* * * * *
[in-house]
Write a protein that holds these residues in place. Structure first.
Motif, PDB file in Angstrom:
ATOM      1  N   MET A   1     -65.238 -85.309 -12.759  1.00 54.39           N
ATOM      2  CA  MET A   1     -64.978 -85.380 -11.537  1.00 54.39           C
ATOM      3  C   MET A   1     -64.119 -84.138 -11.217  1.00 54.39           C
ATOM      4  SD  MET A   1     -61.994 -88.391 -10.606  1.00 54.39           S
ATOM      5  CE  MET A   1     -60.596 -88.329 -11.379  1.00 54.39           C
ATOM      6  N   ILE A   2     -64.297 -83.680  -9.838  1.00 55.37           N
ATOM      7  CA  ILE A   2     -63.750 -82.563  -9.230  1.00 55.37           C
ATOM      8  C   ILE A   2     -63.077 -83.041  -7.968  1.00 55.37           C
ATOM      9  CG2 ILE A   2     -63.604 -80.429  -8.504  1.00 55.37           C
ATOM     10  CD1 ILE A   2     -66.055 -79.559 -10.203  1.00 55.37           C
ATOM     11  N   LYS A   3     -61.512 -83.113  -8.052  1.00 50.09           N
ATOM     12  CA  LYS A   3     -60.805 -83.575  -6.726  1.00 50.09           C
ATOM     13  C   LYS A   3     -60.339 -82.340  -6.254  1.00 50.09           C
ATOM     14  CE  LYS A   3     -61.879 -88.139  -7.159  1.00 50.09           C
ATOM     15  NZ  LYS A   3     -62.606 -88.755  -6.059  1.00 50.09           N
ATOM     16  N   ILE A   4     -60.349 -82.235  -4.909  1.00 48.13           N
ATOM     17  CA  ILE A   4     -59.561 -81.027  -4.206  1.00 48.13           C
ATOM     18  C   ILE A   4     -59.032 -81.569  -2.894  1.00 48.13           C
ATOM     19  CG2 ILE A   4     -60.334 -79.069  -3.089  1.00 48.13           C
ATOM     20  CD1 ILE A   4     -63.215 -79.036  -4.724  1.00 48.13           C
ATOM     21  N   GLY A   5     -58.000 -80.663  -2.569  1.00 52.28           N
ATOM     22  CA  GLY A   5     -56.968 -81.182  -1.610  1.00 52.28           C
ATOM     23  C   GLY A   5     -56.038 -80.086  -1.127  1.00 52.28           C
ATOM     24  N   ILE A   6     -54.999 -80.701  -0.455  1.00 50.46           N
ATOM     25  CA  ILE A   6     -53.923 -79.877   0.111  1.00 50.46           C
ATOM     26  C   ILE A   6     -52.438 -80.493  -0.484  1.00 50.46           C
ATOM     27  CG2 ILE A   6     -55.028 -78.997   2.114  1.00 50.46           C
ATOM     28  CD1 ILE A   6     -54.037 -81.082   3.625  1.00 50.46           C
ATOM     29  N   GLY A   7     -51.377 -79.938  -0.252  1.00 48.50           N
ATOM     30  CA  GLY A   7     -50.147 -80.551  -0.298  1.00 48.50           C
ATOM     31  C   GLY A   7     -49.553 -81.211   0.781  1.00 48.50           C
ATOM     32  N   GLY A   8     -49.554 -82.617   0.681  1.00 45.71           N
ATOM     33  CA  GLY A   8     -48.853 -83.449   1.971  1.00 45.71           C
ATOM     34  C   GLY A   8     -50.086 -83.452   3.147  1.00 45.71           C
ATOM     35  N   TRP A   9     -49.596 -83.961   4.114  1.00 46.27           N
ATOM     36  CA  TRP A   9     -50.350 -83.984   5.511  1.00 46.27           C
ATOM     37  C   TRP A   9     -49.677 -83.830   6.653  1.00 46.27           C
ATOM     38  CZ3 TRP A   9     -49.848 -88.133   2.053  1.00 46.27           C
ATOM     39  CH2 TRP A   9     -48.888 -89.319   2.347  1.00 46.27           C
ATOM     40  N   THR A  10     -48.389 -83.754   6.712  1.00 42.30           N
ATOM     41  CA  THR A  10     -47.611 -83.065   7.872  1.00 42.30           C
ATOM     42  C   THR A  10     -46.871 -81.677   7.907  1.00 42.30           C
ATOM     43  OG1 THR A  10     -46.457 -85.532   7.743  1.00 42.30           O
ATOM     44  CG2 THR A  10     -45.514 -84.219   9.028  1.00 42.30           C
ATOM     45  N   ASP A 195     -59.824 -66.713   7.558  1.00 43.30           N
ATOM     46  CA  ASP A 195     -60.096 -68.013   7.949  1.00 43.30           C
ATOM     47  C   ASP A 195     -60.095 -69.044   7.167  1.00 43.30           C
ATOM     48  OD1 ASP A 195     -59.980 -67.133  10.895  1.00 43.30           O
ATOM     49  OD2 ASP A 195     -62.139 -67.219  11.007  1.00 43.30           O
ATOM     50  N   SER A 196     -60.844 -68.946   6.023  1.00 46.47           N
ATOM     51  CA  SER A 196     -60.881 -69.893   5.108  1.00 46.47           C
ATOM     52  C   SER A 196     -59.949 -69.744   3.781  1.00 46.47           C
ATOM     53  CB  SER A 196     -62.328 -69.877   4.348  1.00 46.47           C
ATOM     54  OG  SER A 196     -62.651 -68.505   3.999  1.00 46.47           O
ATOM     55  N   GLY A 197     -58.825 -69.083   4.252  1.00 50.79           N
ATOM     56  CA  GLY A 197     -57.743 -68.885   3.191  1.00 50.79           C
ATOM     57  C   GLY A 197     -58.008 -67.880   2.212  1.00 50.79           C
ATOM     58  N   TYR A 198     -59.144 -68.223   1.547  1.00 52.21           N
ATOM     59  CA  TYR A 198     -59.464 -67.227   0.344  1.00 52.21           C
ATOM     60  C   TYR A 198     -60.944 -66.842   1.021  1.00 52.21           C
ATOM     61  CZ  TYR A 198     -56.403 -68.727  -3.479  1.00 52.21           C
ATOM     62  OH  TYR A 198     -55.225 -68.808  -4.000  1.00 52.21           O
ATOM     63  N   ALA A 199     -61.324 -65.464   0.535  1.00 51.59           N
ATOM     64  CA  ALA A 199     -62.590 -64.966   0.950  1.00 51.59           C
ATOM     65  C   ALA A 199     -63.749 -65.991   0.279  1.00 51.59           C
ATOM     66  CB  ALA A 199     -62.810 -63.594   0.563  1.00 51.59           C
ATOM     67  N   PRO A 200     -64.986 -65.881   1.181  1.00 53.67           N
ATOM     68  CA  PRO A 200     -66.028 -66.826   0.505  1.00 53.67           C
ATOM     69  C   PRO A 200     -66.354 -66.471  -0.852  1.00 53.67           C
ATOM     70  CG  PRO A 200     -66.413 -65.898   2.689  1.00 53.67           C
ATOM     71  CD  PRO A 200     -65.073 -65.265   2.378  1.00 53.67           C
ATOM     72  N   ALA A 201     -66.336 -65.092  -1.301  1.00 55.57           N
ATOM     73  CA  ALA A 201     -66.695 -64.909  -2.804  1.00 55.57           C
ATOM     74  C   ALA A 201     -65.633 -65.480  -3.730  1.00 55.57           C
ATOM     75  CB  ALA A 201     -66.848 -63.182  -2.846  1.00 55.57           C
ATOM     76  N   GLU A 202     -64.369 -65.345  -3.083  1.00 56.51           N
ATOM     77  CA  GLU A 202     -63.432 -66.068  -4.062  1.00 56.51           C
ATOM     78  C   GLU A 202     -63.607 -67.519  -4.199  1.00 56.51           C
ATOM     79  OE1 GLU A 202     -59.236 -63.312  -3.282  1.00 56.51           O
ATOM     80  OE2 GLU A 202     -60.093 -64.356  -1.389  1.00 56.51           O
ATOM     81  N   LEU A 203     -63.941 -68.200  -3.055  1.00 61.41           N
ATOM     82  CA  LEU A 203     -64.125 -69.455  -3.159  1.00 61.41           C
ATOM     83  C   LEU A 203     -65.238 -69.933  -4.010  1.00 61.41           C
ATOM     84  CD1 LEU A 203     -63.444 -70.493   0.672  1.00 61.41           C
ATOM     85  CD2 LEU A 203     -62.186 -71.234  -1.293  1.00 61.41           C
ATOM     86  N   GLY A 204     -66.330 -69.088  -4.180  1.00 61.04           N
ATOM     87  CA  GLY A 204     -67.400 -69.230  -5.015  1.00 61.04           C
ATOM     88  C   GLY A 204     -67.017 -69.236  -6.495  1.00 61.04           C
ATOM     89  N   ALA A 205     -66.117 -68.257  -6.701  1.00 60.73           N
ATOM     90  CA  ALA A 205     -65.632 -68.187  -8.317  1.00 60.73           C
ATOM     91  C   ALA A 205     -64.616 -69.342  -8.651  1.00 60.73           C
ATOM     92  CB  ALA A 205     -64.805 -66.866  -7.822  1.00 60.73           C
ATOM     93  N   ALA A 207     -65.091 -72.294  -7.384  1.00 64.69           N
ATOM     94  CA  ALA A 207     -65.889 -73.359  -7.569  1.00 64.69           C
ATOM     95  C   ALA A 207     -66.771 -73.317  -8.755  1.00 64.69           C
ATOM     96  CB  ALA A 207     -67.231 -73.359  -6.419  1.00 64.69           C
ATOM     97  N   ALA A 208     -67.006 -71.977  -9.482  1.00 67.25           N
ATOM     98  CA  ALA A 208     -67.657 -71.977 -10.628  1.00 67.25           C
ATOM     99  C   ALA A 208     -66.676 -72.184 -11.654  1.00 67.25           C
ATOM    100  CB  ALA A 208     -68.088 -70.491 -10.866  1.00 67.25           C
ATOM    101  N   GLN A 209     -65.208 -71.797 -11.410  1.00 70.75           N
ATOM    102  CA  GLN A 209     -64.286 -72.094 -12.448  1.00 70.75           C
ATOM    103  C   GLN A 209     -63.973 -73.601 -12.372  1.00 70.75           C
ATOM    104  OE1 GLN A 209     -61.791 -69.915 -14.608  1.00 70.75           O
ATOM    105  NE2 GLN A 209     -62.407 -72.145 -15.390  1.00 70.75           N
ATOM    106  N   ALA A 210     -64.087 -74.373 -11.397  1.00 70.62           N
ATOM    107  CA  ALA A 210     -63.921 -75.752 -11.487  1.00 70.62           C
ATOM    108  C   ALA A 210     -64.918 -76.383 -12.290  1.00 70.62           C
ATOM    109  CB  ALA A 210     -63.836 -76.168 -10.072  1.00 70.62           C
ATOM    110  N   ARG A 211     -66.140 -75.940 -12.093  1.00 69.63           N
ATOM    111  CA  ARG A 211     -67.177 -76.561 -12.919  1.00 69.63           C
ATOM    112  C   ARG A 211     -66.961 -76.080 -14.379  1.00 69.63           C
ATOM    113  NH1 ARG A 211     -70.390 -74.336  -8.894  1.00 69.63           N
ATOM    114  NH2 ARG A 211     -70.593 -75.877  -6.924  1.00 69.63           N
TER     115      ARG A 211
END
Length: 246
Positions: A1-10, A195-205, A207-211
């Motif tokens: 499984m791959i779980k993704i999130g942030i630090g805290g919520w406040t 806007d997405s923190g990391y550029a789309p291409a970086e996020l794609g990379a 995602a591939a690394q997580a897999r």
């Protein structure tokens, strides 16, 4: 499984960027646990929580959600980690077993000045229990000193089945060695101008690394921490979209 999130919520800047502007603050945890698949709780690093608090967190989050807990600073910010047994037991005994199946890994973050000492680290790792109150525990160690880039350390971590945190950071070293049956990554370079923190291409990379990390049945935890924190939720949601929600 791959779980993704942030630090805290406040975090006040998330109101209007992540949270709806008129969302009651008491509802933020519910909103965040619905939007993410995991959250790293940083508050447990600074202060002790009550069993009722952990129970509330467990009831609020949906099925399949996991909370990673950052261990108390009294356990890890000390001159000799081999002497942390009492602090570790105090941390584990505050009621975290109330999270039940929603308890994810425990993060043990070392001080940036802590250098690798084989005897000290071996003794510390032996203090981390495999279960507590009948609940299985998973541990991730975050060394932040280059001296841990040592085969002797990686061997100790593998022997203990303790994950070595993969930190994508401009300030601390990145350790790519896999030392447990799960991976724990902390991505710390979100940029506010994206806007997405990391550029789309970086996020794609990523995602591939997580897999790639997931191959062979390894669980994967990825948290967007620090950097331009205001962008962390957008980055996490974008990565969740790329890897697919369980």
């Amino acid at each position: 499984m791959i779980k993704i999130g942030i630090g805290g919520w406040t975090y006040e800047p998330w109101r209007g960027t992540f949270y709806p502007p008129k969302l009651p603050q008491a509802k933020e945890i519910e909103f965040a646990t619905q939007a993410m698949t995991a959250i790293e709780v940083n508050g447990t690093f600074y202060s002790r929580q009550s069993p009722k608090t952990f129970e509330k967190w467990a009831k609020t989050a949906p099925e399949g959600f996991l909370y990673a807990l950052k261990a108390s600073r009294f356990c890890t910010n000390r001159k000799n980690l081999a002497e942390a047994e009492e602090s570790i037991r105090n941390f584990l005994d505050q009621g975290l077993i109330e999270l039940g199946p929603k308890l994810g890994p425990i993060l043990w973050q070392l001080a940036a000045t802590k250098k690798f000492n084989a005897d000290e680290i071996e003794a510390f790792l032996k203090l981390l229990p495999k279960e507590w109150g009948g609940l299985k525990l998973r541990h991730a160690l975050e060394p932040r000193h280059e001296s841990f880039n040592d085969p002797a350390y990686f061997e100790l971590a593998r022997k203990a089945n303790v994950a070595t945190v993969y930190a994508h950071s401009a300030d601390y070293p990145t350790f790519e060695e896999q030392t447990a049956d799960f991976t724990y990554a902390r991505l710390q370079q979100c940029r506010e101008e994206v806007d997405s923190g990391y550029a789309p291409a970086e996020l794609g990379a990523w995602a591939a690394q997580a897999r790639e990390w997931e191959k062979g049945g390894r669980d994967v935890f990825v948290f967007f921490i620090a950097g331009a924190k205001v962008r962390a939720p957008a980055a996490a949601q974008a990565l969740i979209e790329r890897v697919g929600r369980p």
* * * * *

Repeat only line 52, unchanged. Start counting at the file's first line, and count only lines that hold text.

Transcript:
ATOM     49  OD2 ASP A 195     -62.139 -67.219  11.007  1.00 43.30           O